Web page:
Given one more chance with just over two minutes remaining, MSU drove down to UW's 38, before getting stopped on third-and-2 on a perfectly timed pass breakup by cornerback Ben Strickland and fourth-and-2 when quarterback Brian Hoyer was flushed out of the pocket and sailed a pass just out of the reach of a diving Ringer to end the game.

"It has been two weeks now that we were in a fourth-quarter game and found ways to win," said Donovan, who finished 17-of-24 for 247 yards and two touchdowns. "That's what we're about — finding ways to win when it matters most. The defense stepped up on the last play of the game to get it done."

Wisconsin's offense clicked in the first half, compiling touchdown drives of 85, 91 and 80 yards. Tight end Travis Beckum was Donovan's target of choice, snaring nine balls for 121 yards and a touchdown.

But it was the pass-play to freshman Kyle Jefferson that brought the biggest stir. Donovan found Jefferson on a fly route to give Wisconsin a 21-14 lead. The 64-yard strike was the first touchdown of Jefferson's collegiate career and the longest play from scrimmage this season.

"We knew we had to take some shots and capitalize," Bielema said. "It took a good pass and a good catch."

"When we had our chance, we had to capitalize," Donovan added. "We made the most of our opportunities."

Michigan State's offense had no difficulty putting up points either.

On the next play MSU's Devin Thomas took the ball 80 yards — one of three plays that went for more than 50 yards during the game — untouched on a swing pass to re-tie the score.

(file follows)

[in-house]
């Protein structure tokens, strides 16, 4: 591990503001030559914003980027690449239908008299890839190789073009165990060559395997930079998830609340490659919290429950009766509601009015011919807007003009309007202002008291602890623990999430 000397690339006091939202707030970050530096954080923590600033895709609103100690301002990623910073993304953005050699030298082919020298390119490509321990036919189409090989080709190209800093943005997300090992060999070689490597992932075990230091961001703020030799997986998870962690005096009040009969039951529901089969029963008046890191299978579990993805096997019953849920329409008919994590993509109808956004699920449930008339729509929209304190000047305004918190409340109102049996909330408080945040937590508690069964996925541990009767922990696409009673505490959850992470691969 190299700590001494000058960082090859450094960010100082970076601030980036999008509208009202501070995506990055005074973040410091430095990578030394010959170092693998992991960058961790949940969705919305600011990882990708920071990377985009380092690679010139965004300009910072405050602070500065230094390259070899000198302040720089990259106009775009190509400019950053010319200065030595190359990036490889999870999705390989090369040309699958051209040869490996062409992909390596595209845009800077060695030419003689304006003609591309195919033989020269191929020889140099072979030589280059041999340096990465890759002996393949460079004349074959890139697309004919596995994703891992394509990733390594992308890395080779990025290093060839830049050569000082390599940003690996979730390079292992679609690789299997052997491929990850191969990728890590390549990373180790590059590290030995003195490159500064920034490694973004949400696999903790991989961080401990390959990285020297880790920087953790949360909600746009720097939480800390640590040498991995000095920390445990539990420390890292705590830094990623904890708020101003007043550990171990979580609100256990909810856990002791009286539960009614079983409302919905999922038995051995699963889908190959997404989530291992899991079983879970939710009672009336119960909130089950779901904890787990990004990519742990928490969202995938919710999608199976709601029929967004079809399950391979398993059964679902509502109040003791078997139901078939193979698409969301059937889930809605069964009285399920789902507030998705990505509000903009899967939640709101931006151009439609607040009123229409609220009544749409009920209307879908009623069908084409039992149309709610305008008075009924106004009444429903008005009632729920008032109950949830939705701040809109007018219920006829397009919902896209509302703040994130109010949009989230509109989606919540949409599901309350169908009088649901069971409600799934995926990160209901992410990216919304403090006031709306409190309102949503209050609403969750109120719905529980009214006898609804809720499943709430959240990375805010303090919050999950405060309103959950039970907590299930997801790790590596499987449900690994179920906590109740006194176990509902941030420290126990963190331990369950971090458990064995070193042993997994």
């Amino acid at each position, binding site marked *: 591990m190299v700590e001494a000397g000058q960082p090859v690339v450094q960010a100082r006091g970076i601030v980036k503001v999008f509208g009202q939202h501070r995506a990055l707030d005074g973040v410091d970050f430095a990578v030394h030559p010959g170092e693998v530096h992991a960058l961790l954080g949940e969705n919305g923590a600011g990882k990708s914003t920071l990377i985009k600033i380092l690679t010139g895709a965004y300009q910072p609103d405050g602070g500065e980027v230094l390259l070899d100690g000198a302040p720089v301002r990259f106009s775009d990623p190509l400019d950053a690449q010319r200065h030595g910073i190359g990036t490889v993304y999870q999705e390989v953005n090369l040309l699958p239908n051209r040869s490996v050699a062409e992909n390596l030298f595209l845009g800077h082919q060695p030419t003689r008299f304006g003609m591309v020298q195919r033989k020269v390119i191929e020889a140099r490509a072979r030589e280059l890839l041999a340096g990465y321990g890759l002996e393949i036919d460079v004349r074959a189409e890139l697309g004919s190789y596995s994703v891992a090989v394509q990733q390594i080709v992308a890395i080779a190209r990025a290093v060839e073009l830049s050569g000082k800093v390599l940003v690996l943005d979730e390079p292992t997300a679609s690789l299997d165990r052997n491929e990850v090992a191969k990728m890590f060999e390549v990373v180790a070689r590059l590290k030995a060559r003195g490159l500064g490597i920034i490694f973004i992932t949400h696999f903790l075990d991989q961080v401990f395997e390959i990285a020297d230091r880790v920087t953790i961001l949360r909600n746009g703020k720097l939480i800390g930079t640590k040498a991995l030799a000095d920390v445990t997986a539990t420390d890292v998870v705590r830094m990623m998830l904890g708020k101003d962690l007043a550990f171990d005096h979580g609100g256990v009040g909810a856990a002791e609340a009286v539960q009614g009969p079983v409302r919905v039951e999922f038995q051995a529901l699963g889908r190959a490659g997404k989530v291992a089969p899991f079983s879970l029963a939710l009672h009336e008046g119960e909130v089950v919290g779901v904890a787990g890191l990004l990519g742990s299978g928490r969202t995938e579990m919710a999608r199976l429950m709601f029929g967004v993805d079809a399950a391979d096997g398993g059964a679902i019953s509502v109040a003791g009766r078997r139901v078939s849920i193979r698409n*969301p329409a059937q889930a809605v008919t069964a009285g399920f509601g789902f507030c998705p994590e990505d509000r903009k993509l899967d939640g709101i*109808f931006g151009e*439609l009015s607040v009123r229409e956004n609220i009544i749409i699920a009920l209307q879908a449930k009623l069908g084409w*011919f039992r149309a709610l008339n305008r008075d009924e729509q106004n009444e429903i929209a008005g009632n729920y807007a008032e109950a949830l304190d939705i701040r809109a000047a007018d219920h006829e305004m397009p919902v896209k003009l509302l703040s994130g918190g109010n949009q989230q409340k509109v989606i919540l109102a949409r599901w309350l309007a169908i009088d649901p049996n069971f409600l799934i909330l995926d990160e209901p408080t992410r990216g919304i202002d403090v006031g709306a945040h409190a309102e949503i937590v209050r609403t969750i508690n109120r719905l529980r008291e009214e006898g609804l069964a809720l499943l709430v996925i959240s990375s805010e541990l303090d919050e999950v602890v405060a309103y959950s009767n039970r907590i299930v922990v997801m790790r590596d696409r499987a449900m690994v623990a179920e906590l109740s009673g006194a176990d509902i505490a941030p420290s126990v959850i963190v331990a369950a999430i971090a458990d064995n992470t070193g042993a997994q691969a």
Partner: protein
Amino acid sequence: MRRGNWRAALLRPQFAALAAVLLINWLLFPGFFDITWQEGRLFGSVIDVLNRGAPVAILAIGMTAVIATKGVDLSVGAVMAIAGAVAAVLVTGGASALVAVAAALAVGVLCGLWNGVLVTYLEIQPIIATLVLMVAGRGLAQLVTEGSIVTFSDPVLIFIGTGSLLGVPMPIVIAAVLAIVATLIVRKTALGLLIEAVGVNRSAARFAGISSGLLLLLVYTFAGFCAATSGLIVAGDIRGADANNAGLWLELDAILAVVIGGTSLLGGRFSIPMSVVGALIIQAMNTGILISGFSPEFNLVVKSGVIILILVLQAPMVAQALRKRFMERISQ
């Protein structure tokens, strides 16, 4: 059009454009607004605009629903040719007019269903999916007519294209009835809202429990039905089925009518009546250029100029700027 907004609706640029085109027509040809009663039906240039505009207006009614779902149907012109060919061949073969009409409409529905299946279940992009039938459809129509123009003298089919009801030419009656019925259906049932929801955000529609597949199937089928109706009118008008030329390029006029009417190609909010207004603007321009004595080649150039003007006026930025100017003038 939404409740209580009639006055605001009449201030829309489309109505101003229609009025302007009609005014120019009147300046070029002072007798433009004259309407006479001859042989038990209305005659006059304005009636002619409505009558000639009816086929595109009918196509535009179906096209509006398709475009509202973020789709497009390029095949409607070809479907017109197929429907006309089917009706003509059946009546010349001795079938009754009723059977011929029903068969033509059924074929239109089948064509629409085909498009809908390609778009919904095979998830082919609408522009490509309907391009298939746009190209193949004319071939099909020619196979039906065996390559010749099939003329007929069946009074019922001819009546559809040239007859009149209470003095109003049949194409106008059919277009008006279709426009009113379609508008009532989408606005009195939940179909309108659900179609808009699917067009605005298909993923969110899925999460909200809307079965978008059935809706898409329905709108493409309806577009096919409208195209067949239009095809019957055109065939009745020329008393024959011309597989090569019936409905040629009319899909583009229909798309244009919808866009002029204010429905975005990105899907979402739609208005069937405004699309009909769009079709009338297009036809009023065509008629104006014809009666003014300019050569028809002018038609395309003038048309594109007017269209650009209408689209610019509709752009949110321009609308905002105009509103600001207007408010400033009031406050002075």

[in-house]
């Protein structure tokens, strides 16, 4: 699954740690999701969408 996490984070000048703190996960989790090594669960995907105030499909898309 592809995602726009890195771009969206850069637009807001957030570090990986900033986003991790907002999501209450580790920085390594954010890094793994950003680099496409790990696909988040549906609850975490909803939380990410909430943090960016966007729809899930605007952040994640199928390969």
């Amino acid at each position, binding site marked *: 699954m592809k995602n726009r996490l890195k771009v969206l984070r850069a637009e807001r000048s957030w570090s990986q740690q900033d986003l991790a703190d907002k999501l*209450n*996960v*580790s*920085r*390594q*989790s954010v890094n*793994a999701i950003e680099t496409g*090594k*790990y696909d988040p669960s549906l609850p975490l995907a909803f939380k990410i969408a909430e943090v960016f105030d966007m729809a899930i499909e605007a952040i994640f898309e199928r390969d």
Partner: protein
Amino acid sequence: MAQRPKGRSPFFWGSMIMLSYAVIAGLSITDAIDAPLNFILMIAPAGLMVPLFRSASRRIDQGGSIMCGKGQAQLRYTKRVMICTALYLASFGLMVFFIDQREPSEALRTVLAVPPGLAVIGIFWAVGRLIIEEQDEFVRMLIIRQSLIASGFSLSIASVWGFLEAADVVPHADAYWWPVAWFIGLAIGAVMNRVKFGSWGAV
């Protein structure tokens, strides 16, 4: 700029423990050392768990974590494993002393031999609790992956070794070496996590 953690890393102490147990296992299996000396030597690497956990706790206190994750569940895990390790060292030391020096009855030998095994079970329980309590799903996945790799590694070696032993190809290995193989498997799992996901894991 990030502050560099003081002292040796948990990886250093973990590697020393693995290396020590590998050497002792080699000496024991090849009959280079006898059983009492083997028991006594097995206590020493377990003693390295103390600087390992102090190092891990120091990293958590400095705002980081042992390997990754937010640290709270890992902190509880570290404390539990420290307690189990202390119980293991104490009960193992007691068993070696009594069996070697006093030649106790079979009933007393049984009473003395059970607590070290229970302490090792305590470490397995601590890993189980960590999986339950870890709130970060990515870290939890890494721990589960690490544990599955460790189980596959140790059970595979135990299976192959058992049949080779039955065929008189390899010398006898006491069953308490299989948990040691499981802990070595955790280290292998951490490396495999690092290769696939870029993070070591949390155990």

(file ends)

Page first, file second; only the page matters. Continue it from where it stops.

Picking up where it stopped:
"I thought that we couldn't get off blocks," Bielema said. "Some of those one-on-one blocks, we were actually [getting] outside leverage, and we just couldn't get off the bubble screen."

Throughout the game, the Badgers had difficulty covering the bubble screen, and their susceptibility to getting caught on their blockers downfield was evident during the play.

"We didn't do our jobs," cornerback Allen Langford said. "We didn't go out there and execute like we should have. We didn't defend the ball.

"Take away their big plays, and we're right in the thick of things."

Thomas finished with 61 yards on the ground and 111 through the air.

Already without the services of senior wide receiver Paul Hubbard, Wisconsin lost Marcus Randle-El after the junior wideout exchanged several punches with Michigan State's corner Chris Rucker early in the second quarter. The Badgers lost Jefferson near the end of the half after Spartans safety Nehemiah Warrick put a spine-tingling helmet-to-helmet hit on the freshman.

Hill finished with 2 touchdowns and 155 rushing yards on 34 carries to give him four consecutive 100-yard games.

Wisconsin's defense finished with a season-high five sacks and forced its first fumble of the season.

"We definitely gave up too many yards today, and we have a lot of stuff to fix," senior defensive tackle Nick Hayden said.